REVIEW of Anna of Kleve: The Princess in the Portrait (Six Tudor Queens #4) by Alison Weir

Anna of KleveAfter the death of Henry’s beloved third wife, Jane Seymour, the aging and ponderous monarch searches for a new bride who can increase his count of heirs. Anna of Kleve, a young woman from one of the small German principalities becomes the chosen one, and what follows is the story of a woman who was rejected almost as soon as she was married.

I struggled to maintain interest in this book (spoilers ahead). The author’s choice to have Anne birth an illegitimate child while in her teens was highly speculative and somewhat offputting. This was coupled with a historical writing style that was highly literal and had little symbolism and foreshadowing. Many times, the narrative contained specific and lengthy descriptions of items and clothing, and though doubtless designed to create an atmosphere, it often felt like an info dump.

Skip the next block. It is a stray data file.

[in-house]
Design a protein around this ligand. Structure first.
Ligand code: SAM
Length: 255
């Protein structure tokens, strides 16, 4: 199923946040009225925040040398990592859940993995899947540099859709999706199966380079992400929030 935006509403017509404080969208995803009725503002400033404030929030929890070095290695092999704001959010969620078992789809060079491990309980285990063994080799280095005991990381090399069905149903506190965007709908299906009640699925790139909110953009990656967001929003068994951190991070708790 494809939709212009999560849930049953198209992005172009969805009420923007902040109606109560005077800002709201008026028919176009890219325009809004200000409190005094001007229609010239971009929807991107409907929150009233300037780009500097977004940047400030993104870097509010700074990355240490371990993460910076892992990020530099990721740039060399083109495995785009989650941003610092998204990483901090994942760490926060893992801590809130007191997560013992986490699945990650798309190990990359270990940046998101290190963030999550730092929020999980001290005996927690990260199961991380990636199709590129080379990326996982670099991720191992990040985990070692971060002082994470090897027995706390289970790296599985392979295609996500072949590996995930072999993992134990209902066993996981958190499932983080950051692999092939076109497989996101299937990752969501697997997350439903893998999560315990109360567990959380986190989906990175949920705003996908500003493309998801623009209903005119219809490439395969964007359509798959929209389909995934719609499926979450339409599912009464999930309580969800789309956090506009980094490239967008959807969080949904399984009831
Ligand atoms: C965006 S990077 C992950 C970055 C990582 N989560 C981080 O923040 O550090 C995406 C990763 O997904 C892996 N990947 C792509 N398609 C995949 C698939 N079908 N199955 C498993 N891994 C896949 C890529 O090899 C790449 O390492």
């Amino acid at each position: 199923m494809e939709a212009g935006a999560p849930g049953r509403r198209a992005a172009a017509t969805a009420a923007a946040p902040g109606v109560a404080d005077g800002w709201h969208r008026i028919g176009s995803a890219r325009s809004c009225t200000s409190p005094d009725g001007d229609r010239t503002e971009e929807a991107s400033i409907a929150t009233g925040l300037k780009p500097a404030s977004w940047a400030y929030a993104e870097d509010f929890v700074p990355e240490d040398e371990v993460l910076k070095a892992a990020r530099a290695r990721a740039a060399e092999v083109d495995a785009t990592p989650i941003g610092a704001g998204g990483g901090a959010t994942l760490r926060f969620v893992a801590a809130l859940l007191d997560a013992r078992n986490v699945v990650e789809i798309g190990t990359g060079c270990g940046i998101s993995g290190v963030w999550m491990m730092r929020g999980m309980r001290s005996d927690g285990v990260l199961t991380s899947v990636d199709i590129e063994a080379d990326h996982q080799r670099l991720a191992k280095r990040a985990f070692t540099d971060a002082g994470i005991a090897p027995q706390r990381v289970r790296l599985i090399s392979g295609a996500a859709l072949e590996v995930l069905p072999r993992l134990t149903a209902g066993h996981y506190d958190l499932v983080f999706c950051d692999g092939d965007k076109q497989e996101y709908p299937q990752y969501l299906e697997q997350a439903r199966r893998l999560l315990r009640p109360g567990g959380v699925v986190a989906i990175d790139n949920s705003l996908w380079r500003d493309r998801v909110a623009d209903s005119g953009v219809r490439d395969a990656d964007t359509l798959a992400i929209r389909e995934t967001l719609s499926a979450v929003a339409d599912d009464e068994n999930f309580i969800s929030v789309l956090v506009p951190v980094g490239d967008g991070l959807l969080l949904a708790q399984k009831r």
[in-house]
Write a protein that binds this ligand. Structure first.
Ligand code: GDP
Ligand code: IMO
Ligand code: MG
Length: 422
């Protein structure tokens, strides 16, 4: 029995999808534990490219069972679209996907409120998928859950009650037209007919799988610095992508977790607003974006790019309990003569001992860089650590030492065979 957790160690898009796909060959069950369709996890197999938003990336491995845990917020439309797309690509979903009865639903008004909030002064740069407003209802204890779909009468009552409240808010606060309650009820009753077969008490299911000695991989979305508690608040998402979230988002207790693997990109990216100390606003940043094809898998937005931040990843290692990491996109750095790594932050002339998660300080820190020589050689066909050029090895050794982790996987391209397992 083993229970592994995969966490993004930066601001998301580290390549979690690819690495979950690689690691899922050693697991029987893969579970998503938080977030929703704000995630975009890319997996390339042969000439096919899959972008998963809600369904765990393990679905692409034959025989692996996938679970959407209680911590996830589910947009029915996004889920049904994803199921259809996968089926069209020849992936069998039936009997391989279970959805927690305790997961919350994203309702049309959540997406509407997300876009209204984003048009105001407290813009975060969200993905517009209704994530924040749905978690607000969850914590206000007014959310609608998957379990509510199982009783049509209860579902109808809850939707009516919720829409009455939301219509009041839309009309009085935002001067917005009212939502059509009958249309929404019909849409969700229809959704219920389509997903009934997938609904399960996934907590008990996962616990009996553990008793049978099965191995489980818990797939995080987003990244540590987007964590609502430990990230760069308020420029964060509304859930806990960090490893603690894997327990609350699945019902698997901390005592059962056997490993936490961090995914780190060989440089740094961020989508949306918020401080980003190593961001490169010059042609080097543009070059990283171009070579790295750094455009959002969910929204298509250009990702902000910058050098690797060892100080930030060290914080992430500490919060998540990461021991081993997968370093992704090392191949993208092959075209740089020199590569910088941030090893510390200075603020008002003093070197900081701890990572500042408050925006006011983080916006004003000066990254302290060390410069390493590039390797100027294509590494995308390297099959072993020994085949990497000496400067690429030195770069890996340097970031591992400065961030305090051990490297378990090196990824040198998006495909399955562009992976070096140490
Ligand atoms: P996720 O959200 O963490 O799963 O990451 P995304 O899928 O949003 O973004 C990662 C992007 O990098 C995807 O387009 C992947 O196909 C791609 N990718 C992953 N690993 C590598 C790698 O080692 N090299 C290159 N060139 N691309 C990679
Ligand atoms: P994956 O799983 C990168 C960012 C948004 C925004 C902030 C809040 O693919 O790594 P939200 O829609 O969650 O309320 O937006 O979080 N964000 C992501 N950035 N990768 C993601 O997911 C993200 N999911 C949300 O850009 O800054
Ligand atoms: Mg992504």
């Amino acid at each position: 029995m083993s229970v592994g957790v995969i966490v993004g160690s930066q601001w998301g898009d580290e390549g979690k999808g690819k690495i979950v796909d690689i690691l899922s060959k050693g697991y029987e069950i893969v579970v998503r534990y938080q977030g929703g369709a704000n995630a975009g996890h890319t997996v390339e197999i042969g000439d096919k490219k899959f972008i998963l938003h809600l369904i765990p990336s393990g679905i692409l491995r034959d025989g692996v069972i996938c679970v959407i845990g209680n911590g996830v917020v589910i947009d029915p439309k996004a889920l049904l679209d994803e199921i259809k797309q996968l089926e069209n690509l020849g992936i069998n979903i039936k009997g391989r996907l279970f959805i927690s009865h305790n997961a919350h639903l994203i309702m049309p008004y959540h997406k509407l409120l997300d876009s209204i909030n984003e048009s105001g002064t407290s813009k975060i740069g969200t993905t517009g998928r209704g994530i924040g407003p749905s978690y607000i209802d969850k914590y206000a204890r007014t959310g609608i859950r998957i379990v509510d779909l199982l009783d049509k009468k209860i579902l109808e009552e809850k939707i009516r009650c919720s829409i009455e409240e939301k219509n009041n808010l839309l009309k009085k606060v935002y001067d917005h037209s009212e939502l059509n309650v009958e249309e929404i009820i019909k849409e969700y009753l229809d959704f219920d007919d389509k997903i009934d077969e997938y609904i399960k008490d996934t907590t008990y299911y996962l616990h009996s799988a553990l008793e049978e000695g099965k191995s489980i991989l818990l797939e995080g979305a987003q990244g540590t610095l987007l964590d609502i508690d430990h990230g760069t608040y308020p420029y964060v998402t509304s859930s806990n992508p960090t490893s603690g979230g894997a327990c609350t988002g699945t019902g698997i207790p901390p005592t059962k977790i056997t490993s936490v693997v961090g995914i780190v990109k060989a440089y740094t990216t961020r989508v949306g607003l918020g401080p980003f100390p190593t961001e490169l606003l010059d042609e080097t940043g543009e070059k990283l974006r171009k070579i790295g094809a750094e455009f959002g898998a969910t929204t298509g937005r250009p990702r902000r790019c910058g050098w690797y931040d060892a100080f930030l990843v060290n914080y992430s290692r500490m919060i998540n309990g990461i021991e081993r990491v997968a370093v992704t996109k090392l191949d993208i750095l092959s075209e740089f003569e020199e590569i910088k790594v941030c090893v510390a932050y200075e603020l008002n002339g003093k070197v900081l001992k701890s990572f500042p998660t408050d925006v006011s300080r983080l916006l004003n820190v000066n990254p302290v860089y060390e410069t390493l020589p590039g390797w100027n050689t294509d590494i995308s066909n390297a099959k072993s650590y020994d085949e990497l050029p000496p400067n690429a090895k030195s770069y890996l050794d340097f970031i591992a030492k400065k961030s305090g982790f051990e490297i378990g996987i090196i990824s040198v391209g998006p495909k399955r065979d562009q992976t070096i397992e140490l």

While the first person narrator (Anna) felt fully fleshed out as a character, the speculative nature of the initial events shed doubt on whether the character shown in the book was anything like the original wife of Henry VIII. Henry himself is adequately repulsive, alternating between kindness and cruelty. Cromwell was interesting, but fairly flat. Anne’s retainers from Kleve were my favorite characters in the book.

Fans of Alison Weir’s earlier books in the Six Tudor Queens series will enjoy seeing the story of Henry’s fourth wife as well as the introduction of young Katheryn Howard (soon to be the fifth).

Disclosure: I received a complimentary copy of this title from the publisher via NetGalley. All opinions expressed in this review are my own.

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